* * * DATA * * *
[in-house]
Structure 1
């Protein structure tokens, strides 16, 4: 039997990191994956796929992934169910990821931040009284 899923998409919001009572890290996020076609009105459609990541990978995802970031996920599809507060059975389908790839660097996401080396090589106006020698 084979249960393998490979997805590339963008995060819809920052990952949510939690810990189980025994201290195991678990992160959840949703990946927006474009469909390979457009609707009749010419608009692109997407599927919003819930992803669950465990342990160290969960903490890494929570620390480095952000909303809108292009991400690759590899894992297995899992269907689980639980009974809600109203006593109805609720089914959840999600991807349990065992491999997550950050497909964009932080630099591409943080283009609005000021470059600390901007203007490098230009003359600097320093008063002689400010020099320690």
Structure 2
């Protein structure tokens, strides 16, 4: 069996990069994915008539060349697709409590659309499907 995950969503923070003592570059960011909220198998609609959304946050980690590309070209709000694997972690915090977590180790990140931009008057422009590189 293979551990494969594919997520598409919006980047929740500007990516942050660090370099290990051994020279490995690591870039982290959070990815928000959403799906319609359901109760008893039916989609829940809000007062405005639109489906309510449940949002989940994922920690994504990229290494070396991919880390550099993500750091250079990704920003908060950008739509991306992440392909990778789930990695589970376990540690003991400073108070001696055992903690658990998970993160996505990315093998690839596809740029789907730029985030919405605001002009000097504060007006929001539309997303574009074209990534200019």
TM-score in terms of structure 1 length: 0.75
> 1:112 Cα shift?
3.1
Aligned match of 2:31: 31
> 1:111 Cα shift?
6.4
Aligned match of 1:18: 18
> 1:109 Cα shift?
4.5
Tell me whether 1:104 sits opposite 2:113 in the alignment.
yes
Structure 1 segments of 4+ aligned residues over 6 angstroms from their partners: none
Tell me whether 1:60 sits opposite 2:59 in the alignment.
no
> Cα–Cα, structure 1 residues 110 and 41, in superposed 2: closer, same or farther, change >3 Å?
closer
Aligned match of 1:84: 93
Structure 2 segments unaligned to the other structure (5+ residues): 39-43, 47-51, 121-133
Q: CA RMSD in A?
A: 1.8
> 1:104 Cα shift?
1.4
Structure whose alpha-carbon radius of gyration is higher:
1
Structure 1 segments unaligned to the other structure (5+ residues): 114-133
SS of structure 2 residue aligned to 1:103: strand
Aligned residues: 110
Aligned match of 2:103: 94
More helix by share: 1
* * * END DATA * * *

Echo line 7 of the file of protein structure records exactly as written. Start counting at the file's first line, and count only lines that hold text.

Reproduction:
> 1:112 Cα shift?